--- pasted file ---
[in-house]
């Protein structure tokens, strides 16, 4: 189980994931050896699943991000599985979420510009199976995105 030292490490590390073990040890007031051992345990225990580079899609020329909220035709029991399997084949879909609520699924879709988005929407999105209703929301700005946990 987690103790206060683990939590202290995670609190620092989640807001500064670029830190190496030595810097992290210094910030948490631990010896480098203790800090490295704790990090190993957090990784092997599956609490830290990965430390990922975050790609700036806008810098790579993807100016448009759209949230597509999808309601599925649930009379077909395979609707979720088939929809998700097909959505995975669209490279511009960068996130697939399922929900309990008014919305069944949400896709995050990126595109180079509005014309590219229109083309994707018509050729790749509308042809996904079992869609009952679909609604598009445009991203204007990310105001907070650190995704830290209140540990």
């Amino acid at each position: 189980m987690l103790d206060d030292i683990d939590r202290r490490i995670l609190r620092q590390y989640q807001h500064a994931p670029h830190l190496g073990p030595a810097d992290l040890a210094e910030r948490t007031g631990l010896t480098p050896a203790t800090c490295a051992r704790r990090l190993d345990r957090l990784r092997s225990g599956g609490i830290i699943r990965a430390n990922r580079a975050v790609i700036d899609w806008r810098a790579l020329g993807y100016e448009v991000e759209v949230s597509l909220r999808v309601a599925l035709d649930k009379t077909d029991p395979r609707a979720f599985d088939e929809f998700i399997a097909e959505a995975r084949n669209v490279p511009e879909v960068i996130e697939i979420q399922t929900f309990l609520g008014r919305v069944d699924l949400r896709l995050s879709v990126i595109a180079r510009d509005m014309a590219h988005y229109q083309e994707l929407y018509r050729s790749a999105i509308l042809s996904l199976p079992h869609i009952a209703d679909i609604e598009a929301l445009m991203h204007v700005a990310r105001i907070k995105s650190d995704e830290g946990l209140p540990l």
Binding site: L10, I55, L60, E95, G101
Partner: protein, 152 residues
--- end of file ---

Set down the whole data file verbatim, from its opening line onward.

[in-house]
């Protein structure tokens, strides 16, 4: 189980994931050896699943991000599985979420510009199976995105 030292490490590390073990040890007031051992345990225990580079899609020329909220035709029991399997084949879909609520699924879709988005929407999105209703929301700005946990 987690103790206060683990939590202290995670609190620092989640807001500064670029830190190496030595810097992290210094910030948490631990010896480098203790800090490295704790990090190993957090990784092997599956609490830290990965430390990922975050790609700036806008810098790579993807100016448009759209949230597509999808309601599925649930009379077909395979609707979720088939929809998700097909959505995975669209490279511009960068996130697939399922929900309990008014919305069944949400896709995050990126595109180079509005014309590219229109083309994707018509050729790749509308042809996904079992869609009952679909609604598009445009991203204007990310105001907070650190995704830290209140540990």
């Amino acid at each position: 189980m987690l103790d206060d030292i683990d939590r202290r490490i995670l609190r620092q590390y989640q807001h500064a994931p670029h830190l190496g073990p030595a810097d992290l040890a210094e910030r948490t007031g631990l010896t480098p050896a203790t800090c490295a051992r704790r990090l190993d345990r957090l990784r092997s225990g599956g609490i830290i699943r990965a430390n990922r580079a975050v790609i700036d899609w806008r810098a790579l020329g993807y100016e448009v991000e759209v949230s597509l909220r999808v309601a599925l035709d649930k009379t077909d029991p395979r609707a979720f599985d088939e929809f998700i399997a097909e959505a995975r084949n669209v490279p511009e879909v960068i996130e697939i979420q399922t929900f309990l609520g008014r919305v069944d699924l949400r896709l995050s879709v990126i595109a180079r510009d509005m014309a590219h988005y229109q083309e994707l929407y018509r050729s790749a999105i509308l042809s996904l199976p079992h869609i009952a209703d679909i609604e598009a929301l445009m991203h204007v700005a990310r105001i907070k995105s650190d995704e830290g946990l209140p540990l």
Binding site: L10, I55, L60, E95, G101
Partner: protein, 152 residues